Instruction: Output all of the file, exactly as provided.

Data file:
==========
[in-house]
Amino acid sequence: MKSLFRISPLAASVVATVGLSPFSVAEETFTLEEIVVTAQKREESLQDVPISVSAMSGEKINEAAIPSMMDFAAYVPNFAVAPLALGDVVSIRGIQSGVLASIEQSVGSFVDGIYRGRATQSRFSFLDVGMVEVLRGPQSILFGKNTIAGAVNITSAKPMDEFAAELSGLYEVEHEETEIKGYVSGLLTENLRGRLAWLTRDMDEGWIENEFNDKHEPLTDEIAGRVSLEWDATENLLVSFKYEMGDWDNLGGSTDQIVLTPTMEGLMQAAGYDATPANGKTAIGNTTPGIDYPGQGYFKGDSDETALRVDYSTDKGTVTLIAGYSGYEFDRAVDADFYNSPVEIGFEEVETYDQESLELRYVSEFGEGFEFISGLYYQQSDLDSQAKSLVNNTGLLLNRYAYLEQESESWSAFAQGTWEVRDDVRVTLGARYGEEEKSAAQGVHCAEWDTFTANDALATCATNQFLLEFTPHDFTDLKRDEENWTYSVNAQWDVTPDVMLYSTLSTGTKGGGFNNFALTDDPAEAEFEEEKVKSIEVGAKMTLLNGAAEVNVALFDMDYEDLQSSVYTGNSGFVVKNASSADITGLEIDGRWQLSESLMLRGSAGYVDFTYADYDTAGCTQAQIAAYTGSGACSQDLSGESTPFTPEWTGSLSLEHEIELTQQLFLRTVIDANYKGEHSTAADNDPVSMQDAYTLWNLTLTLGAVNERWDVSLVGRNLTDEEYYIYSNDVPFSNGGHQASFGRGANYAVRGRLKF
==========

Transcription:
[in-house]
Amino acid sequence: MKSLFRISPLAASVVATVGLSPFSVAEETFTLEEIVVTAQKREESLQDVPISVSAMSGEKINEAAIPSMMDFAAYVPNFAVAPLALGDVVSIRGIQSGVLASIEQSVGSFVDGIYRGRATQSRFSFLDVGMVEVLRGPQSILFGKNTIAGAVNITSAKPMDEFAAELSGLYEVEHEETEIKGYVSGLLTENLRGRLAWLTRDMDEGWIENEFNDKHEPLTDEIAGRVSLEWDATENLLVSFKYEMGDWDNLGGSTDQIVLTPTMEGLMQAAGYDATPANGKTAIGNTTPGIDYPGQGYFKGDSDETALRVDYSTDKGTVTLIAGYSGYEFDRAVDADFYNSPVEIGFEEVETYDQESLELRYVSEFGEGFEFISGLYYQQSDLDSQAKSLVNNTGLLLNRYAYLEQESESWSAFAQGTWEVRDDVRVTLGARYGEEEKSAAQGVHCAEWDTFTANDALATCATNQFLLEFTPHDFTDLKRDEENWTYSVNAQWDVTPDVMLYSTLSTGTKGGGFNNFALTDDPAEAEFEEEKVKSIEVGAKMTLLNGAAEVNVALFDMDYEDLQSSVYTGNSGFVVKNASSADITGLEIDGRWQLSESLMLRGSAGYVDFTYADYDTAGCTQAQIAAYTGSGACSQDLSGESTPFTPEWTGSLSLEHEIELTQQLFLRTVIDANYKGEHSTAADNDPVSMQDAYTLWNLTLTLGAVNERWDVSLVGRNLTDEEYYIYSNDVPFSNGGHQASFGRGANYAVRGRLKF